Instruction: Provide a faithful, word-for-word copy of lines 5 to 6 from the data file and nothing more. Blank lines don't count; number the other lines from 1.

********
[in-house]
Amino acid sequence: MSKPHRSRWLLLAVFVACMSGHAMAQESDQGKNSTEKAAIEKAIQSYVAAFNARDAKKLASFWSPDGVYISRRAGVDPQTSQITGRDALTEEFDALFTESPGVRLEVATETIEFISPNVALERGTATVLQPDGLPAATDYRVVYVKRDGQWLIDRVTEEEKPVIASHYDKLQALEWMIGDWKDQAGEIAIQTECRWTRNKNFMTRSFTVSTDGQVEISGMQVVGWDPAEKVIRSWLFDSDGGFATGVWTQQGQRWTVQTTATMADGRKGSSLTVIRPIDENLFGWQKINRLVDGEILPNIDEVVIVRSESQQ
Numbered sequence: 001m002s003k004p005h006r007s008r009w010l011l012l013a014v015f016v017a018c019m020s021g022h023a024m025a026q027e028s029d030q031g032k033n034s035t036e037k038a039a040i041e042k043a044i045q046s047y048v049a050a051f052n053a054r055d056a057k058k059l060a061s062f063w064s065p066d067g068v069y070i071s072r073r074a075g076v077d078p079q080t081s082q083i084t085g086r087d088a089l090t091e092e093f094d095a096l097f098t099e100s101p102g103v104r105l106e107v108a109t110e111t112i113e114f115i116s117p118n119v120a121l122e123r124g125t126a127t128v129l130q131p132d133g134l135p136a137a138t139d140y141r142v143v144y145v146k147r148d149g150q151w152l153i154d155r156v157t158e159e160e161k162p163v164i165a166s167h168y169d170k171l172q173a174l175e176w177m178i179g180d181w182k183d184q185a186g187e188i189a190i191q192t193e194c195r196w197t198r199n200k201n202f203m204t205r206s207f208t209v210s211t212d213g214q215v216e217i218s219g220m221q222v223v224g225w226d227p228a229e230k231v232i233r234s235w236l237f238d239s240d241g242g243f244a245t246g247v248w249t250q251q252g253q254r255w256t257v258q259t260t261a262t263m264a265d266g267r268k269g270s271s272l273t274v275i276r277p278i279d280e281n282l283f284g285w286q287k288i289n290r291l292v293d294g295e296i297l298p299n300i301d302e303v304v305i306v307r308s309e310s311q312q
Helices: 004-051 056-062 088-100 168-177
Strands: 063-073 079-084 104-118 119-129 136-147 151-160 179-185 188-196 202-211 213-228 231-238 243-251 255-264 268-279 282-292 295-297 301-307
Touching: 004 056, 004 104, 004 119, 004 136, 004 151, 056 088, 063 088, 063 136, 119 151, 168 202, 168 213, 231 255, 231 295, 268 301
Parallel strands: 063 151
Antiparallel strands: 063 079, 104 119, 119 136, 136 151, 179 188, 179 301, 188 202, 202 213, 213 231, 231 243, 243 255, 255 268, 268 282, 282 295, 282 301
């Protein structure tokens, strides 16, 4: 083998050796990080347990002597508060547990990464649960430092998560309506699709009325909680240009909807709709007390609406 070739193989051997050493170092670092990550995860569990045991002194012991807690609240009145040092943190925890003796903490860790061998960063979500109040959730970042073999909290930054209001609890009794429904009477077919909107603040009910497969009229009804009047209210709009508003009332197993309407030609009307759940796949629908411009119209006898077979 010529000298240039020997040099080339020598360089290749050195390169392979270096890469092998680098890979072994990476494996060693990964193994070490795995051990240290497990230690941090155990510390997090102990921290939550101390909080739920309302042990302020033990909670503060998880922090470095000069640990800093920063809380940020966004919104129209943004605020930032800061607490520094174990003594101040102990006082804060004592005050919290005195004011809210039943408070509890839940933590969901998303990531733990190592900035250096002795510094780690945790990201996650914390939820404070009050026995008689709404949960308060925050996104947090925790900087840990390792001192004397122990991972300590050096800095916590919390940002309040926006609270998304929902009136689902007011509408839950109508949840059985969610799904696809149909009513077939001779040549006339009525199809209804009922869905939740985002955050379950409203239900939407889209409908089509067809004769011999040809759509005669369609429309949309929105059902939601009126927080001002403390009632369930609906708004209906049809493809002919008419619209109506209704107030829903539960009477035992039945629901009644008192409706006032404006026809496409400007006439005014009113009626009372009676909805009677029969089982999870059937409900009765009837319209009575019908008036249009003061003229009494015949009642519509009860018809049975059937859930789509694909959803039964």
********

Strands: 063-073 079-084 104-118 119-129 136-147 151-160 179-185 188-196 202-211 213-228 231-238 243-251 255-264 268-279 282-292 295-297 301-307
Touching: 004 056, 004 104, 004 119, 004 136, 004 151, 056 088, 063 088, 063 136, 119 151, 168 202, 168 213, 231 255, 231 295, 268 301